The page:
Whole Child Approach
Children learn best when they feel safe and connected.
Research into both neuroscience and education confirms that the best learning emerges when children feel emotionally safe and socially connected. Social-emotional skills are taught using a multi-pronged approach with the goal of fostering empathy, self-awareness, confidence, and resilience.
We use mindfulness to increase focus, regulate emotions, and decrease stress and anxiety.
Practicing awareness of thoughts, emotions, sensations, and the surrounding environment helps children improve attention, self-control, and resilience. Students have daily and weekly opportunities to slow down and pay attention to their breath, bodies, and sensations. As a county-wide leader in Mindfulness, we’ve hosted trainings for teachers from other schools, and brought international experts Dr. Jon Kabat-Zinn and Dr. Daniel Siegel to speak as part of our Speaker Series.
Emotional intelligence is a key foundation for future success in work and life
We use the RULER approach to help our students master the skills of emotional intelligence and to pave the way for greater well-being and better relationships. Developed by the Yale Center for Emotional Intelligence, RULER gives our community a shared set of tools and language for emotional literacy.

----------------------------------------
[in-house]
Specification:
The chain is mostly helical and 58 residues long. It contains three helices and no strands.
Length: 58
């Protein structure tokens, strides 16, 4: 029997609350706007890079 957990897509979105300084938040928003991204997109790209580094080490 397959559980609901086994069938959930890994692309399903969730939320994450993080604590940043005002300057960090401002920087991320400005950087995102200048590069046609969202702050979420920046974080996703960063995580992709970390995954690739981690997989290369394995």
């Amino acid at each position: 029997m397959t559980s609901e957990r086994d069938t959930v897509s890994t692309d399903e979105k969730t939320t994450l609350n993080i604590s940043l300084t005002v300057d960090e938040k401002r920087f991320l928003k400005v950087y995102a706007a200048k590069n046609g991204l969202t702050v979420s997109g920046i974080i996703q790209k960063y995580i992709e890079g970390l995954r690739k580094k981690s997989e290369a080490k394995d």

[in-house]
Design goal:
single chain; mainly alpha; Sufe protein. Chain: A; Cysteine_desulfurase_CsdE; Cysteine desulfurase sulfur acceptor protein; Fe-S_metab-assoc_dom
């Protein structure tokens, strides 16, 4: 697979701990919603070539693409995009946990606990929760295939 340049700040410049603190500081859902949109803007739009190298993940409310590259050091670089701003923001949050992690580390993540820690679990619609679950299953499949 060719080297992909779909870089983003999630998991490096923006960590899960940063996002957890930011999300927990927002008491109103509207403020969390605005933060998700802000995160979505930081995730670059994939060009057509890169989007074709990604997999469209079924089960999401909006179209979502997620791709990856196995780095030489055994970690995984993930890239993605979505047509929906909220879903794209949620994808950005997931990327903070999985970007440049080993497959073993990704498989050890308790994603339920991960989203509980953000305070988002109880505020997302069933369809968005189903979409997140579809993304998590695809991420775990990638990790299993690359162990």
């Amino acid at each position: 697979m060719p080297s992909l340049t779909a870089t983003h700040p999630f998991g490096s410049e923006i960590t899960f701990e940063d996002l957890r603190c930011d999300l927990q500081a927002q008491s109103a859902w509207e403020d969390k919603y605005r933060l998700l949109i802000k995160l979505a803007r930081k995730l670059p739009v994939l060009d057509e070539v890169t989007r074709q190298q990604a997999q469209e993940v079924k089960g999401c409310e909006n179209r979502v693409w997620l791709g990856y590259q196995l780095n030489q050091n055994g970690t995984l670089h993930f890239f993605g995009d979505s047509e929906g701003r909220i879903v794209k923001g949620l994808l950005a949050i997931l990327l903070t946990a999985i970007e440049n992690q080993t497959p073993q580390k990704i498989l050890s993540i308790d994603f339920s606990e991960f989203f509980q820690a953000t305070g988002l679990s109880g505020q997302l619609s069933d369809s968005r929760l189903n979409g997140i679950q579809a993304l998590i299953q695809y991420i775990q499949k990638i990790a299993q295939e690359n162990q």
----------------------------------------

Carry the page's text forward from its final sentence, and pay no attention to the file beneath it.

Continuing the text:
We inspire children to lead lives of purpose and compassion.
Our mission calls for our students to develop compassion and citizenship, so we make the time for direct conversations about values and character. Whether looking at ideas like honesty and responsibility, or inclusion and diversity, our character education programs help children grow up to be good citizens and contributing members of society.
Children want to help others, and knowing they can make a difference empowers them to do more.
Authentic service learning begins with empathy, as we guide children to connect with the local community and discover who lives here and the challenges they face. Next, students consider ways they can bring their skills and knowledge to find possible solutions to those problems. Students then move through prototyping and iterating these solutions, before taking them back into the field to try to make a difference. When given the chance, children can make real, tangible differences that improve the world..